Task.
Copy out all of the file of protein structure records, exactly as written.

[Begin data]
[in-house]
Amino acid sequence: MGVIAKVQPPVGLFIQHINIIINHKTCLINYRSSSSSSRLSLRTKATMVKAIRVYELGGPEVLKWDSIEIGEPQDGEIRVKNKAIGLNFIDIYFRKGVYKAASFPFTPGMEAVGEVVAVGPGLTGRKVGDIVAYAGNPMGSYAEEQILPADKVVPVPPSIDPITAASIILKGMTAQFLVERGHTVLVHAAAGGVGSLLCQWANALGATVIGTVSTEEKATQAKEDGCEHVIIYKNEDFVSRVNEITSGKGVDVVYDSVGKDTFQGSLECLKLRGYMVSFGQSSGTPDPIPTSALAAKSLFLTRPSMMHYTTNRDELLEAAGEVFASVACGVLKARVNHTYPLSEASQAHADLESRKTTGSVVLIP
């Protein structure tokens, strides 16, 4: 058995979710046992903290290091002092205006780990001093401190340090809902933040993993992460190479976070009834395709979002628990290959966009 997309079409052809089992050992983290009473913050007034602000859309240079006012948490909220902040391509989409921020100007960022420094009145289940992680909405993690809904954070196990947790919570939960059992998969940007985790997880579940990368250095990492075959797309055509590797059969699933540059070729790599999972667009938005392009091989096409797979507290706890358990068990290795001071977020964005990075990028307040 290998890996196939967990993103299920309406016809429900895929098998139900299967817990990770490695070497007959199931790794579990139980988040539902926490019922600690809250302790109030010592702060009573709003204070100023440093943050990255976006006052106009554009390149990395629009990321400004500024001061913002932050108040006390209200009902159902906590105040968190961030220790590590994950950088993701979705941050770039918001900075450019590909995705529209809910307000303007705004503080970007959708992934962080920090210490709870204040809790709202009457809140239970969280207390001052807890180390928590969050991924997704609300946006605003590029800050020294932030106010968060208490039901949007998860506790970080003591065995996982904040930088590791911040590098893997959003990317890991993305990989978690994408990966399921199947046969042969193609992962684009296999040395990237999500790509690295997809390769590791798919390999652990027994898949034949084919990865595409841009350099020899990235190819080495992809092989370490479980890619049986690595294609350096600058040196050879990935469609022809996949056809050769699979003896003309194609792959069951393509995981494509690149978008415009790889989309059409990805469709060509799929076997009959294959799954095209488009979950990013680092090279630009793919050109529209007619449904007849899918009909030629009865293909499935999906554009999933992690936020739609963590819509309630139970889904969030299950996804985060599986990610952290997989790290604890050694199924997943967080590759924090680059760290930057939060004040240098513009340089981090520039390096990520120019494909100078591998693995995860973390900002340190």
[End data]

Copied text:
[in-house]
Amino acid sequence: MGVIAKVQPPVGLFIQHINIIINHKTCLINYRSSSSSSRLSLRTKATMVKAIRVYELGGPEVLKWDSIEIGEPQDGEIRVKNKAIGLNFIDIYFRKGVYKAASFPFTPGMEAVGEVVAVGPGLTGRKVGDIVAYAGNPMGSYAEEQILPADKVVPVPPSIDPITAASIILKGMTAQFLVERGHTVLVHAAAGGVGSLLCQWANALGATVIGTVSTEEKATQAKEDGCEHVIIYKNEDFVSRVNEITSGKGVDVVYDSVGKDTFQGSLECLKLRGYMVSFGQSSGTPDPIPTSALAAKSLFLTRPSMMHYTTNRDELLEAAGEVFASVACGVLKARVNHTYPLSEASQAHADLESRKTTGSVVLIP
């Protein structure tokens, strides 16, 4: 058995979710046992903290290091002092205006780990001093401190340090809902933040993993992460190479976070009834395709979002628990290959966009 997309079409052809089992050992983290009473913050007034602000859309240079006012948490909220902040391509989409921020100007960022420094009145289940992680909405993690809904954070196990947790919570939960059992998969940007985790997880579940990368250095990492075959797309055509590797059969699933540059070729790599999972667009938005392009091989096409797979507290706890358990068990290795001071977020964005990075990028307040 290998890996196939967990993103299920309406016809429900895929098998139900299967817990990770490695070497007959199931790794579990139980988040539902926490019922600690809250302790109030010592702060009573709003204070100023440093943050990255976006006052106009554009390149990395629009990321400004500024001061913002932050108040006390209200009902159902906590105040968190961030220790590590994950950088993701979705941050770039918001900075450019590909995705529209809910307000303007705004503080970007959708992934962080920090210490709870204040809790709202009457809140239970969280207390001052807890180390928590969050991924997704609300946006605003590029800050020294932030106010968060208490039901949007998860506790970080003591065995996982904040930088590791911040590098893997959003990317890991993305990989978690994408990966399921199947046969042969193609992962684009296999040395990237999500790509690295997809390769590791798919390999652990027994898949034949084919990865595409841009350099020899990235190819080495992809092989370490479980890619049986690595294609350096600058040196050879990935469609022809996949056809050769699979003896003309194609792959069951393509995981494509690149978008415009790889989309059409990805469709060509799929076997009959294959799954095209488009979950990013680092090279630009793919050109529209007619449904007849899918009909030629009865293909499935999906554009999933992690936020739609963590819509309630139970889904969030299950996804985060599986990610952290997989790290604890050694199924997943967080590759924090680059760290930057939060004040240098513009340089981090520039390096990520120019494909100078591998693995995860973390900002340190």